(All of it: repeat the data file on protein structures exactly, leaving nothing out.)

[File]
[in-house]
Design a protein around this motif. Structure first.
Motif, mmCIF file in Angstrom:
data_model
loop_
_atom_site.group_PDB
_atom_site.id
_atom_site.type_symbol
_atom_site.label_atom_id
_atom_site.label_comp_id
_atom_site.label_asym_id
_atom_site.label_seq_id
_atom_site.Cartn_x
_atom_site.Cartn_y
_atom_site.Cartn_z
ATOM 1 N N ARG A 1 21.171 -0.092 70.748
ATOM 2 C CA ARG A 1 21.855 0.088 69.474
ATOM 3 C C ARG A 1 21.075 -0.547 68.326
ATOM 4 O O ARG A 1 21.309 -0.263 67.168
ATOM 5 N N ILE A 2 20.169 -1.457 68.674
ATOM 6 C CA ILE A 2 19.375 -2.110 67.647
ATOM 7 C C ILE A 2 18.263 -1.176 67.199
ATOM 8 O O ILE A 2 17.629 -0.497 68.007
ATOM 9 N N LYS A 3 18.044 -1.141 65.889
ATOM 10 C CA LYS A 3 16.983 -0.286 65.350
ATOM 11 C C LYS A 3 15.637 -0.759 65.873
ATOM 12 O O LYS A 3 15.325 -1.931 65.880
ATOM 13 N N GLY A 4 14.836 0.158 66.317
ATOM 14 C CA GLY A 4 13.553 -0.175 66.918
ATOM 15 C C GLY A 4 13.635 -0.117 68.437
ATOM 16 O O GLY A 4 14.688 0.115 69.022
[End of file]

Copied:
[in-house]
Design a protein around this motif. Structure first.
Motif, mmCIF file in Angstrom:
data_model
loop_
_atom_site.group_PDB
_atom_site.id
_atom_site.type_symbol
_atom_site.label_atom_id
_atom_site.label_comp_id
_atom_site.label_asym_id
_atom_site.label_seq_id
_atom_site.Cartn_x
_atom_site.Cartn_y
_atom_site.Cartn_z
ATOM 1 N N ARG A 1 21.171 -0.092 70.748
ATOM 2 C CA ARG A 1 21.855 0.088 69.474
ATOM 3 C C ARG A 1 21.075 -0.547 68.326
ATOM 4 O O ARG A 1 21.309 -0.263 67.168
ATOM 5 N N ILE A 2 20.169 -1.457 68.674
ATOM 6 C CA ILE A 2 19.375 -2.110 67.647
ATOM 7 C C ILE A 2 18.263 -1.176 67.199
ATOM 8 O O ILE A 2 17.629 -0.497 68.007
ATOM 9 N N LYS A 3 18.044 -1.141 65.889
ATOM 10 C CA LYS A 3 16.983 -0.286 65.350
ATOM 11 C C LYS A 3 15.637 -0.759 65.873
ATOM 12 O O LYS A 3 15.325 -1.931 65.880
ATOM 13 N N GLY A 4 14.836 0.158 66.317
ATOM 14 C CA GLY A 4 13.553 -0.175 66.918
ATOM 15 C C GLY A 4 13.635 -0.117 68.437
ATOM 16 O O GLY A 4 14.688 0.115 69.022